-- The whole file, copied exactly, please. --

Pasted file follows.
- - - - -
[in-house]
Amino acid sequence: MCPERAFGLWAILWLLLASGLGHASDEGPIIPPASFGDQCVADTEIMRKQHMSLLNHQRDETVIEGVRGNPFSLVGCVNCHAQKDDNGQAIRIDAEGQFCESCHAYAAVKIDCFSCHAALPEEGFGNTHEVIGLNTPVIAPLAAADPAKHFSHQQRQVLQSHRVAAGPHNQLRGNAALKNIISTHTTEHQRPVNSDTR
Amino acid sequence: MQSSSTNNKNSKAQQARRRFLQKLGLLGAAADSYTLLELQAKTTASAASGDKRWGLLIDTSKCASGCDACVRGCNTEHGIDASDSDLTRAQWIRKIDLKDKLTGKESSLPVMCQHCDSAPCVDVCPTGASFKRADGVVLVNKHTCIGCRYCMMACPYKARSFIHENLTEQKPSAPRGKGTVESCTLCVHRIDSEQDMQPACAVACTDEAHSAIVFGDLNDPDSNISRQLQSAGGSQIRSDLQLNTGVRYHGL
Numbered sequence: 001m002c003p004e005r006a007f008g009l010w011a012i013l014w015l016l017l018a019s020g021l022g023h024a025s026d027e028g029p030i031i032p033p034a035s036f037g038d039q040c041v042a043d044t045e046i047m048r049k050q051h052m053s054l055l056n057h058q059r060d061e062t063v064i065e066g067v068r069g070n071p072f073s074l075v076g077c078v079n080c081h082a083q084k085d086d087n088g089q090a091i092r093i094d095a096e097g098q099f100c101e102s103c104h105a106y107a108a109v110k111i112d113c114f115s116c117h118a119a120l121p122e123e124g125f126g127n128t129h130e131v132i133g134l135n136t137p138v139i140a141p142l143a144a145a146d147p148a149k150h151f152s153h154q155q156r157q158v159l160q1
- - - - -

[in-house]
Amino acid sequence: MCPERAFGLWAILWLLLASGLGHASDEGPIIPPASFGDQCVADTEIMRKQHMSLLNHQRDETVIEGVRGNPFSLVGCVNCHAQKDDNGQAIRIDAEGQFCESCHAYAAVKIDCFSCHAALPEEGFGNTHEVIGLNTPVIAPLAAADPAKHFSHQQRQVLQSHRVAAGPHNQLRGNAALKNIISTHTTEHQRPVNSDTR
Amino acid sequence: MQSSSTNNKNSKAQQARRRFLQKLGLLGAAADSYTLLELQAKTTASAASGDKRWGLLIDTSKCASGCDACVRGCNTEHGIDASDSDLTRAQWIRKIDLKDKLTGKESSLPVMCQHCDSAPCVDVCPTGASFKRADGVVLVNKHTCIGCRYCMMACPYKARSFIHENLTEQKPSAPRGKGTVESCTLCVHRIDSEQDMQPACAVACTDEAHSAIVFGDLNDPDSNISRQLQSAGGSQIRSDLQLNTGVRYHGL
Numbered sequence: 001m002c003p004e005r006a007f008g009l010w011a012i013l014w015l016l017l018a019s020g021l022g023h024a025s026d027e028g029p030i031i032p033p034a035s036f037g038d039q040c041v042a043d044t045e046i047m048r049k050q051h052m053s054l055l056n057h058q059r060d061e062t063v064i065e066g067v068r069g070n071p072f073s074l075v076g077c078v079n080c081h082a083q084k085d086d087n088g089q090a091i092r093i094d095a096e097g098q099f100c101e102s103c104h105a106y107a108a109v110k111i112d113c114f115s116c117h118a119a120l121p122e123e124g125f126g127n128t129h130e131v132i133g134l135n136t137p138v139i140a141p142l143a144a145a146d147p148a149k150h151f152s153h154q155q156r157q158v159l160q1